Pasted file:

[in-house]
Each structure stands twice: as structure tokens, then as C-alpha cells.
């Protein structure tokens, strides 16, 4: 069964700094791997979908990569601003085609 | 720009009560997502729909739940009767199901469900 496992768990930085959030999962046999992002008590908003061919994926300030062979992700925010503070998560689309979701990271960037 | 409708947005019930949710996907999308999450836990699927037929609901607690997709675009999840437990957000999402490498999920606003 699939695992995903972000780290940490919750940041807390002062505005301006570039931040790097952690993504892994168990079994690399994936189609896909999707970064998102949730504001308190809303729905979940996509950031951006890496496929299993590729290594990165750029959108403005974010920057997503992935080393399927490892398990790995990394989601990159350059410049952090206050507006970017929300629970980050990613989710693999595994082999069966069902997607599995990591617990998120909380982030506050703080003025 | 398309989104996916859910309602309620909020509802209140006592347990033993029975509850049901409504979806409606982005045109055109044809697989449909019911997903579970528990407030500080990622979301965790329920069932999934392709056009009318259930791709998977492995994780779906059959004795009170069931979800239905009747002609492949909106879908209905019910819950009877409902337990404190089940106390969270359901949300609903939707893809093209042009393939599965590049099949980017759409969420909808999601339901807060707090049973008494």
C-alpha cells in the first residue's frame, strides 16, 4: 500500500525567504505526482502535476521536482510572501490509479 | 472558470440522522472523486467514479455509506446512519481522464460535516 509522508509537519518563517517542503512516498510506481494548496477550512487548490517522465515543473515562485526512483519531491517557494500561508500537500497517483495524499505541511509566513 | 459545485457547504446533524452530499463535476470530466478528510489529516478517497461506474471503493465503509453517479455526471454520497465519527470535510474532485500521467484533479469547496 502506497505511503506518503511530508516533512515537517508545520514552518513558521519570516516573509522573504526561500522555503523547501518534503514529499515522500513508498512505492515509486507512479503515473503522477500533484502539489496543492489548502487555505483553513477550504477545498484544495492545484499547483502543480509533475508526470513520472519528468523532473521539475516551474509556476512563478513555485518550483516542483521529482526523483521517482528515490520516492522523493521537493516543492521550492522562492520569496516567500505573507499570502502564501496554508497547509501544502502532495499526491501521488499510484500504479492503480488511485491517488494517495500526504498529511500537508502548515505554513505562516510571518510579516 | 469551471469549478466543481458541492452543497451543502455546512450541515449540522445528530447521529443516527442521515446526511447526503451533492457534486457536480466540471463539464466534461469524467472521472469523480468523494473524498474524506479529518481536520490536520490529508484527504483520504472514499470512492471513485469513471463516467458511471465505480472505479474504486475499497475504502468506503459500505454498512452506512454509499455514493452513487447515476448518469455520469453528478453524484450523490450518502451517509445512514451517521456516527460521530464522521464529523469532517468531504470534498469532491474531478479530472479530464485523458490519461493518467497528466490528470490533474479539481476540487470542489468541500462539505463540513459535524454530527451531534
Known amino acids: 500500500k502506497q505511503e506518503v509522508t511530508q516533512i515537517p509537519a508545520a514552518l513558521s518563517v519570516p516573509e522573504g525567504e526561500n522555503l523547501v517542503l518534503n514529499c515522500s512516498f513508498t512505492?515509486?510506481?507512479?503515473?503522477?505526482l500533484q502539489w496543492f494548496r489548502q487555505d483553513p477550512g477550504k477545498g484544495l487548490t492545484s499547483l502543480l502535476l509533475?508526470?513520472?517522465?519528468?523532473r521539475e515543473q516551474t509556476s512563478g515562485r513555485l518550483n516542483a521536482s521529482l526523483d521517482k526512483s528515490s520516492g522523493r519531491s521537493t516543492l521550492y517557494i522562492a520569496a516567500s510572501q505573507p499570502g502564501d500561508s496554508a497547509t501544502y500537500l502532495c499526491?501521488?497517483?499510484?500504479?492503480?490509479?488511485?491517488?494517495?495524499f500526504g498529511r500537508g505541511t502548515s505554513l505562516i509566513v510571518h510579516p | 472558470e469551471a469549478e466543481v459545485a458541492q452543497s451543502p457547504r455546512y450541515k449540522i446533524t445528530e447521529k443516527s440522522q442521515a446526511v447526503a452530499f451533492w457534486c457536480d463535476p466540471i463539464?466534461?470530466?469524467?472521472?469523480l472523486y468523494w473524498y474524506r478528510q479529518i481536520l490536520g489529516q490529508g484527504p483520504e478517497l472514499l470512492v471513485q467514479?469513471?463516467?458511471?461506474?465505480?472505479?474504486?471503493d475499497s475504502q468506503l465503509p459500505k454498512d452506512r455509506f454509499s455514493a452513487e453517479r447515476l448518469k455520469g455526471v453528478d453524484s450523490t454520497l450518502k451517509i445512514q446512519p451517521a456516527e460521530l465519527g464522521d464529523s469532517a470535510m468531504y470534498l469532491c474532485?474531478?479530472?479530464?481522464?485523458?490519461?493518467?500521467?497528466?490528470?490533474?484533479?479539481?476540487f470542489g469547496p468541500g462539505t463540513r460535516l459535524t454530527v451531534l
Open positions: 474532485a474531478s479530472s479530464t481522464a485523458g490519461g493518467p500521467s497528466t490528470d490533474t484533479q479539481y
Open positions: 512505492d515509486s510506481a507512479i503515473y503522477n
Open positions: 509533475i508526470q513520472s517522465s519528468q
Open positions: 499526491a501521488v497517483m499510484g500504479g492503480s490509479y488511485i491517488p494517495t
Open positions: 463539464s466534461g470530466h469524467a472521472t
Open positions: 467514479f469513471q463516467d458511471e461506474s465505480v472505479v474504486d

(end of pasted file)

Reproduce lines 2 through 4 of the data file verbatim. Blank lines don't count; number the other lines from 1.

Each structure stands twice: as structure tokens, then as C-alpha cells.
């Protein structure tokens, strides 16, 4: 069964700094791997979908990569601003085609 | 720009009560997502729909739940009767199901469900 496992768990930085959030999962046999992002008590908003061919994926300030062979992700925010503070998560689309979701990271960037 | 409708947005019930949710996907999308999450836990699927037929609901607690997709675009999840437990957000999402490498999920606003 699939695992995903972000780290940490919750940041807390002062505005301006570039931040790097952690993504892994168990079994690399994936189609896909999707970064998102949730504001308190809303729905979940996509950031951006890496496929299993590729290594990165750029959108403005974010920057997503992935080393399927490892398990790995990394989601990159350059410049952090206050507006970017929300629970980050990613989710693999595994082999069966069902997607599995990591617990998120909380982030506050703080003025 | 398309989104996916859910309602309620909020509802209140006592347990033993029975509850049901409504979806409606982005045109055109044809697989449909019911997903579970528990407030500080990622979301965790329920069932999934392709056009009318259930791709998977492995994780779906059959004795009170069931979800239905009747002609492949909106879908209905019910819950009877409902337990404190089940106390969270359901949300609903939707893809093209042009393939599965590049099949980017759409969420909808999601339901807060707090049973008494």
C-alpha cells in the first residue's frame, strides 16, 4: 500500500525567504505526482502535476521536482510572501490509479 | 472558470440522522472523486467514479455509506446512519481522464460535516 509522508509537519518563517517542503512516498510506481494548496477550512487548490517522465515543473515562485526512483519531491517557494500561508500537500497517483495524499505541511509566513 | 459545485457547504446533524452530499463535476470530466478528510489529516478517497461506474471503493465503509453517479455526471454520497465519527470535510474532485500521467484533479469547496 502506497505511503506518503511530508516533512515537517508545520514552518513558521519570516516573509522573504526561500522555503523547501518534503514529499515522500513508498512505492515509486507512479503515473503522477500533484502539489496543492489548502487555505483553513477550504477545498484544495492545484499547483502543480509533475508526470513520472519528468523532473521539475516551474509556476512563478513555485518550483516542483521529482526523483521517482528515490520516492522523493521537493516543492521550492522562492520569496516567500505573507499570502502564501496554508497547509501544502502532495499526491501521488499510484500504479492503480488511485491517488494517495500526504498529511500537508502548515505554513505562516510571518510579516 | 469551471469549478466543481458541492452543497451543502455546512450541515449540522445528530447521529443516527442521515446526511447526503451533492457534486457536480466540471463539464466534461469524467472521472469523480468523494473524498474524506479529518481536520490536520490529508484527504483520504472514499470512492471513485469513471463516467458511471465505480472505479474504486475499497475504502468506503459500505454498512452506512454509499455514493452513487447515476448518469455520469453528478453524484450523490450518502451517509445512514451517521456516527460521530464522521464529523469532517468531504470534498469532491474531478479530472479530464485523458490519461493518467497528466490528470490533474479539481476540487470542489468541500462539505463540513459535524454530527451531534